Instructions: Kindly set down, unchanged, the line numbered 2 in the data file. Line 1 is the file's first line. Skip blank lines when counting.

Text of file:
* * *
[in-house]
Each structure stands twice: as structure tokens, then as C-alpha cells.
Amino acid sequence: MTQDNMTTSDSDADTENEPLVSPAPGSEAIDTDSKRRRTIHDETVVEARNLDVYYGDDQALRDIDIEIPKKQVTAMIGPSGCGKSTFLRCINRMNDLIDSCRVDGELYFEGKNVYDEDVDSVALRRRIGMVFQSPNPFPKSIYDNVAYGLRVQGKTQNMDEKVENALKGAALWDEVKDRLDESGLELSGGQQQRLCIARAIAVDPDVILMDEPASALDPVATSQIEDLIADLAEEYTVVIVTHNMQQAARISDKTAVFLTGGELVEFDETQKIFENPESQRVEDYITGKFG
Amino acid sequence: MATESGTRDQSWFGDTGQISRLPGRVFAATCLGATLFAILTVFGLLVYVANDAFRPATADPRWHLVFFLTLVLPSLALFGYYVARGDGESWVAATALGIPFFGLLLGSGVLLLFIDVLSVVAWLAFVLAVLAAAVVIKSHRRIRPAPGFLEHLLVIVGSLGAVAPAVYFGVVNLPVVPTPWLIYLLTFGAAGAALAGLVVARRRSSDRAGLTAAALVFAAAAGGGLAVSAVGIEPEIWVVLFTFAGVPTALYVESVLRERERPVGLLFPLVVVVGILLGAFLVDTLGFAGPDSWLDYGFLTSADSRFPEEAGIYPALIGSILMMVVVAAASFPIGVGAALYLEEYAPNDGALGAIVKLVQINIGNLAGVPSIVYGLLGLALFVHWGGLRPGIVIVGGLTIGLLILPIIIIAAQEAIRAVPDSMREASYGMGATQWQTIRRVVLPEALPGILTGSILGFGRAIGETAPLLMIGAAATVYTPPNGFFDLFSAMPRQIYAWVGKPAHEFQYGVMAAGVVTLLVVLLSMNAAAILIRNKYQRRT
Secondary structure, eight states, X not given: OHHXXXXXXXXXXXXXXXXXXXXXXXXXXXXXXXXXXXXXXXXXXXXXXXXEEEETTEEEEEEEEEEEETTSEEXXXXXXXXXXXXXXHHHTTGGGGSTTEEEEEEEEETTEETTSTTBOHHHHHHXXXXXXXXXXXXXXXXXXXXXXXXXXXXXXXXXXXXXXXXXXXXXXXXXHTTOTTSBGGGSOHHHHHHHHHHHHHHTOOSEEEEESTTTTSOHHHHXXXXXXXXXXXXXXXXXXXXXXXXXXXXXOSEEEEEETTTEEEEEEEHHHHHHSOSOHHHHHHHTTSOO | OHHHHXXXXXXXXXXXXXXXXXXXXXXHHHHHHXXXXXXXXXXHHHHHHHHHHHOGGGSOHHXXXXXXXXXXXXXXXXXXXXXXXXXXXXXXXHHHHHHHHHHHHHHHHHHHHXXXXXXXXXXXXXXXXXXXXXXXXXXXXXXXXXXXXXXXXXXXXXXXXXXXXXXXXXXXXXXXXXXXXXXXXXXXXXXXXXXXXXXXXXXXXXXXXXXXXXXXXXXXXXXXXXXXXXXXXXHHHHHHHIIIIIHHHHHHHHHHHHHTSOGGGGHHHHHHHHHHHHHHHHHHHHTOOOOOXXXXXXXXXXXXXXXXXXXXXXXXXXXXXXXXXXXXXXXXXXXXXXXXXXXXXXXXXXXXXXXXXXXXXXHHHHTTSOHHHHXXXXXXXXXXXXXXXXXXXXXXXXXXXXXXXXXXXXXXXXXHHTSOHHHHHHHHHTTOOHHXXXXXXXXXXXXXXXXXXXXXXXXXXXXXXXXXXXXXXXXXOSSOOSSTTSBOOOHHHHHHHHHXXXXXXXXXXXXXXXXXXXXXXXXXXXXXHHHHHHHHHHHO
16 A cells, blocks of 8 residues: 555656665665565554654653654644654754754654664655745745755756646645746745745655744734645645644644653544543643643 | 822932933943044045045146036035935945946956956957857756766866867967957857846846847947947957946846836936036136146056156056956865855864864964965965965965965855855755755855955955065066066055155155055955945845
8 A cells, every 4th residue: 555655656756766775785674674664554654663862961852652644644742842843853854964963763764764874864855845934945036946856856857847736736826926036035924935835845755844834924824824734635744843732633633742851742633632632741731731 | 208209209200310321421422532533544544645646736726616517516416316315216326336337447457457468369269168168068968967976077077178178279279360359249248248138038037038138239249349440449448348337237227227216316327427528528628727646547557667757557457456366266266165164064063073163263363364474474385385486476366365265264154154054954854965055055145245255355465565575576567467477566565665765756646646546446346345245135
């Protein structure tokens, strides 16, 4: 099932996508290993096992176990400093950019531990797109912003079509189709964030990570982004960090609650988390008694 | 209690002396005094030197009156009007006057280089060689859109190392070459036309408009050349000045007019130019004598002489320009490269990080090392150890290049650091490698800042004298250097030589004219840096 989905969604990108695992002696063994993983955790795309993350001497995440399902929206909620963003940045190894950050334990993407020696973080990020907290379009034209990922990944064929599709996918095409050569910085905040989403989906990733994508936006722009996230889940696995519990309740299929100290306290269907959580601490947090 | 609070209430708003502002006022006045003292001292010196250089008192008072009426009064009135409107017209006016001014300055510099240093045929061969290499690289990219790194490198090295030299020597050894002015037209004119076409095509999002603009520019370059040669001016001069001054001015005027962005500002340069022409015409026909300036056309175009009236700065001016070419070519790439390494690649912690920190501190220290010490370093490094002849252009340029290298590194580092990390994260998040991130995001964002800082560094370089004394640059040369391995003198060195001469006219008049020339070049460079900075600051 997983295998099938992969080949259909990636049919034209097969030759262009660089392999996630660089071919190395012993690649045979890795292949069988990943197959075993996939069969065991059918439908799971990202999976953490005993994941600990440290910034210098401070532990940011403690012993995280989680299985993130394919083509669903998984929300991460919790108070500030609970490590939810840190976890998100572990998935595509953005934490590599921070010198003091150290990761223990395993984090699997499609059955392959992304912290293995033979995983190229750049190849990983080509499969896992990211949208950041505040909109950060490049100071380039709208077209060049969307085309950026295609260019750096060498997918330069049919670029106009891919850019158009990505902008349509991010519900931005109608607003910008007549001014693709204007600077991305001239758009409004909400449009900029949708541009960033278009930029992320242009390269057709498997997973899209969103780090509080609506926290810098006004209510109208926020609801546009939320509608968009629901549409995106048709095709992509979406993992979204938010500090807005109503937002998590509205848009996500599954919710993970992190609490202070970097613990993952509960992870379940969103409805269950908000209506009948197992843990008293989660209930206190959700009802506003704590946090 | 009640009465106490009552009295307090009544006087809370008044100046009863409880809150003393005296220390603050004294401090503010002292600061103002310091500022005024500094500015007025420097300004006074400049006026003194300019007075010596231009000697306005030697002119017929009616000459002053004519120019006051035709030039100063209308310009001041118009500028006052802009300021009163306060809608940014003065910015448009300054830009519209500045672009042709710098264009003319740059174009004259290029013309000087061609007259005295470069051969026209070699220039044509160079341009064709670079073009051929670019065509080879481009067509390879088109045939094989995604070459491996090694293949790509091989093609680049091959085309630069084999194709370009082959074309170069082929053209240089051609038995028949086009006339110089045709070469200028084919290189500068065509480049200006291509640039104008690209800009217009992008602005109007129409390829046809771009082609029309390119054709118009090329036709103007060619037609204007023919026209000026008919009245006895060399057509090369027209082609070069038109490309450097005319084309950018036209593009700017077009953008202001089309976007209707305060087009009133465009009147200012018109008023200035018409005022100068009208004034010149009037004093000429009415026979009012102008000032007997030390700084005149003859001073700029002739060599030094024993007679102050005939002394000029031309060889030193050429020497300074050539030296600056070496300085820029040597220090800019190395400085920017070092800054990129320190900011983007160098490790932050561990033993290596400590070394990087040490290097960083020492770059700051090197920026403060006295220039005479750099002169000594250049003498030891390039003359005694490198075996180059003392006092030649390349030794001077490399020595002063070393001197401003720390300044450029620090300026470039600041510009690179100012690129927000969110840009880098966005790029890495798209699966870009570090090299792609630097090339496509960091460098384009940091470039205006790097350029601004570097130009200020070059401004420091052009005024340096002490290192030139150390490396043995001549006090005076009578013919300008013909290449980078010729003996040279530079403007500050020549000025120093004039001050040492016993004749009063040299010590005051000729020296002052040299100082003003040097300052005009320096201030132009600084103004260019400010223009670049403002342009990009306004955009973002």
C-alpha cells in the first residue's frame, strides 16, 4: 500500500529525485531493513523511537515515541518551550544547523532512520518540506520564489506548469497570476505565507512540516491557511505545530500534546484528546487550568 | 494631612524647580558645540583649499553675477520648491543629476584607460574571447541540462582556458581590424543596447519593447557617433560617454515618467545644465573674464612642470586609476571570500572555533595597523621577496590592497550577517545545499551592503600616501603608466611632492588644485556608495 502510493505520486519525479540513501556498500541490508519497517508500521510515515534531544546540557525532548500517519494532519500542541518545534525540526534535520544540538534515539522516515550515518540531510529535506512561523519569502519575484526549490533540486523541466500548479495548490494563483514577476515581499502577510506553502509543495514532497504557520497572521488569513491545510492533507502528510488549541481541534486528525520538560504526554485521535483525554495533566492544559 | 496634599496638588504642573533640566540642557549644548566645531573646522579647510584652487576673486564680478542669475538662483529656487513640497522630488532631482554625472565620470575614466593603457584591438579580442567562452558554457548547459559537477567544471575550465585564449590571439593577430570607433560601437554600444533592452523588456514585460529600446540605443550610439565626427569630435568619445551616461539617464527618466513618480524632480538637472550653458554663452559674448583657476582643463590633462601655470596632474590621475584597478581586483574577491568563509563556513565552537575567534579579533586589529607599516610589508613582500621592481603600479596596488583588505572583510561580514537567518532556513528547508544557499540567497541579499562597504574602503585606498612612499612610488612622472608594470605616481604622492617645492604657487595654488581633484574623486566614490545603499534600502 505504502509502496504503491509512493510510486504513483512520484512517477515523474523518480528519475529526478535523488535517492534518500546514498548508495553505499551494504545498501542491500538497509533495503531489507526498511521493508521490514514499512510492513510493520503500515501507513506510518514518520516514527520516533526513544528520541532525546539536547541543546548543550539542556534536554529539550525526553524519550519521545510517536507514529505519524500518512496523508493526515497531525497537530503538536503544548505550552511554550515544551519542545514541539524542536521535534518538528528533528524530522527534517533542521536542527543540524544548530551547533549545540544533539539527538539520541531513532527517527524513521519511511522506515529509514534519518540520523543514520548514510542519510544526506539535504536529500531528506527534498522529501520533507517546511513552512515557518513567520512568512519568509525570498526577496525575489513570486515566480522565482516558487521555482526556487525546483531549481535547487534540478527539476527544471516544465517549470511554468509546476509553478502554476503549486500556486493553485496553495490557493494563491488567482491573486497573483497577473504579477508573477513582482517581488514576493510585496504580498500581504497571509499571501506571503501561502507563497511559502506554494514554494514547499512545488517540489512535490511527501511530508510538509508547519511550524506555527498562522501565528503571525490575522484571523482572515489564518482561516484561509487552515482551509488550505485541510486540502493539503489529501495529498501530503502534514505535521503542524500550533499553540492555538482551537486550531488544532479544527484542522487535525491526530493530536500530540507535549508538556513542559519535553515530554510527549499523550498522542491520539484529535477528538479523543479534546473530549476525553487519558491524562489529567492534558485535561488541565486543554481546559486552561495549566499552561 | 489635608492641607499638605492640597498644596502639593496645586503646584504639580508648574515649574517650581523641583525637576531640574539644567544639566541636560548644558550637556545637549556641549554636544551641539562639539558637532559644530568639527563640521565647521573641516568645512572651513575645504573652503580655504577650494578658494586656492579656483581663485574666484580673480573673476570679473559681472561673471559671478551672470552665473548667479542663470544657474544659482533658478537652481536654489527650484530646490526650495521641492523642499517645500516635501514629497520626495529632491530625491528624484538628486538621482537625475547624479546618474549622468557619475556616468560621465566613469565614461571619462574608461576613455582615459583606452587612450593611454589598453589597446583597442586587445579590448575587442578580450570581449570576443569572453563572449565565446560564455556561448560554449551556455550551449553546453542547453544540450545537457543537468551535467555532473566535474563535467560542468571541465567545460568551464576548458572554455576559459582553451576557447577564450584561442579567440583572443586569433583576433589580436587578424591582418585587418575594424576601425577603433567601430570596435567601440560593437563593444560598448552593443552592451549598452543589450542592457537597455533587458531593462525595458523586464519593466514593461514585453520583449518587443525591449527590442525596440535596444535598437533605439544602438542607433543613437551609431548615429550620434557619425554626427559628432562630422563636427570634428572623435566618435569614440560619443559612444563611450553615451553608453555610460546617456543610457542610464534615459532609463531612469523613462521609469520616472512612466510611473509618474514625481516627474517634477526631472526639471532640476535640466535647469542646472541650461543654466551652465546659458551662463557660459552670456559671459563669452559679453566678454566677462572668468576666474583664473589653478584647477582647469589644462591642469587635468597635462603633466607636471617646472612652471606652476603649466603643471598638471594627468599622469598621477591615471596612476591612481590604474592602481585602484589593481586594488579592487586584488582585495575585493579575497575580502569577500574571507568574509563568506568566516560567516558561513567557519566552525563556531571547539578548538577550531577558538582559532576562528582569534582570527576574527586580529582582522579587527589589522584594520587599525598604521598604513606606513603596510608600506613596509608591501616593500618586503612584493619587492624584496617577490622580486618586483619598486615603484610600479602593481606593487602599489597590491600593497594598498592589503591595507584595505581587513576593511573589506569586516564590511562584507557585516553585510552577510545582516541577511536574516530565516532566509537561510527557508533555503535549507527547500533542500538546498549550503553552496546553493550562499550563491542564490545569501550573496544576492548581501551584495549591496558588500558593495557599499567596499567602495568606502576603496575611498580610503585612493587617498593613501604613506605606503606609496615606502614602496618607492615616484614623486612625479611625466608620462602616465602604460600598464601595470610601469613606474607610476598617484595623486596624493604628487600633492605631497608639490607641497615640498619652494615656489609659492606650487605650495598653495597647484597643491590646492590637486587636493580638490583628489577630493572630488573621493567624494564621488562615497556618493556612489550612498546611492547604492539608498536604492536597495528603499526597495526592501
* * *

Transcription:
Each structure stands twice: as structure tokens, then as C-alpha cells.